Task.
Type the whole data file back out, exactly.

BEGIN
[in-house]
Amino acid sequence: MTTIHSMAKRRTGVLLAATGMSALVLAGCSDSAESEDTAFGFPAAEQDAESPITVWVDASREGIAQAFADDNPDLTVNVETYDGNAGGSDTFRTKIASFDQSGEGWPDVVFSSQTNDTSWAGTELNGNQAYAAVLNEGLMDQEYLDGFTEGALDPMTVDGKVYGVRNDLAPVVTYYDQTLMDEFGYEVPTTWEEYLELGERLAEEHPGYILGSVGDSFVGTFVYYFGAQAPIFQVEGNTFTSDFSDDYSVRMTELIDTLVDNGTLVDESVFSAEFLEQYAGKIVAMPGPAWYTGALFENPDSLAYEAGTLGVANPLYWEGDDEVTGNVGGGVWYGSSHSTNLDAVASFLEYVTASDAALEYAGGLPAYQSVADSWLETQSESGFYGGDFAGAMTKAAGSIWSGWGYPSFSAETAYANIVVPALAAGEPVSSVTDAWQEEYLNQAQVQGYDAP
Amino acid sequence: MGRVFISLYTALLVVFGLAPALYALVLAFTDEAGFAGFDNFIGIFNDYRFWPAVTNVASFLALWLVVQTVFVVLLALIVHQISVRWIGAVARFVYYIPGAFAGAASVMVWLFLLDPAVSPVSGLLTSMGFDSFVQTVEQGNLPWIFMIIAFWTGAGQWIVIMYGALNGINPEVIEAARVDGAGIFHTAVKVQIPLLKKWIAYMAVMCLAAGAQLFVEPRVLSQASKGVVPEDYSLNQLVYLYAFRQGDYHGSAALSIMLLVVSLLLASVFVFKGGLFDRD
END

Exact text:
[in-house]
Amino acid sequence: MTTIHSMAKRRTGVLLAATGMSALVLAGCSDSAESEDTAFGFPAAEQDAESPITVWVDASREGIAQAFADDNPDLTVNVETYDGNAGGSDTFRTKIASFDQSGEGWPDVVFSSQTNDTSWAGTELNGNQAYAAVLNEGLMDQEYLDGFTEGALDPMTVDGKVYGVRNDLAPVVTYYDQTLMDEFGYEVPTTWEEYLELGERLAEEHPGYILGSVGDSFVGTFVYYFGAQAPIFQVEGNTFTSDFSDDYSVRMTELIDTLVDNGTLVDESVFSAEFLEQYAGKIVAMPGPAWYTGALFENPDSLAYEAGTLGVANPLYWEGDDEVTGNVGGGVWYGSSHSTNLDAVASFLEYVTASDAALEYAGGLPAYQSVADSWLETQSESGFYGGDFAGAMTKAAGSIWSGWGYPSFSAETAYANIVVPALAAGEPVSSVTDAWQEEYLNQAQVQGYDAP
Amino acid sequence: MGRVFISLYTALLVVFGLAPALYALVLAFTDEAGFAGFDNFIGIFNDYRFWPAVTNVASFLALWLVVQTVFVVLLALIVHQISVRWIGAVARFVYYIPGAFAGAASVMVWLFLLDPAVSPVSGLLTSMGFDSFVQTVEQGNLPWIFMIIAFWTGAGQWIVIMYGALNGINPEVIEAARVDGAGIFHTAVKVQIPLLKKWIAYMAVMCLAAGAQLFVEPRVLSQASKGVVPEDYSLNQLVYLYAFRQGDYHGSAALSIMLLVVSLLLASVFVFKGGLFDRD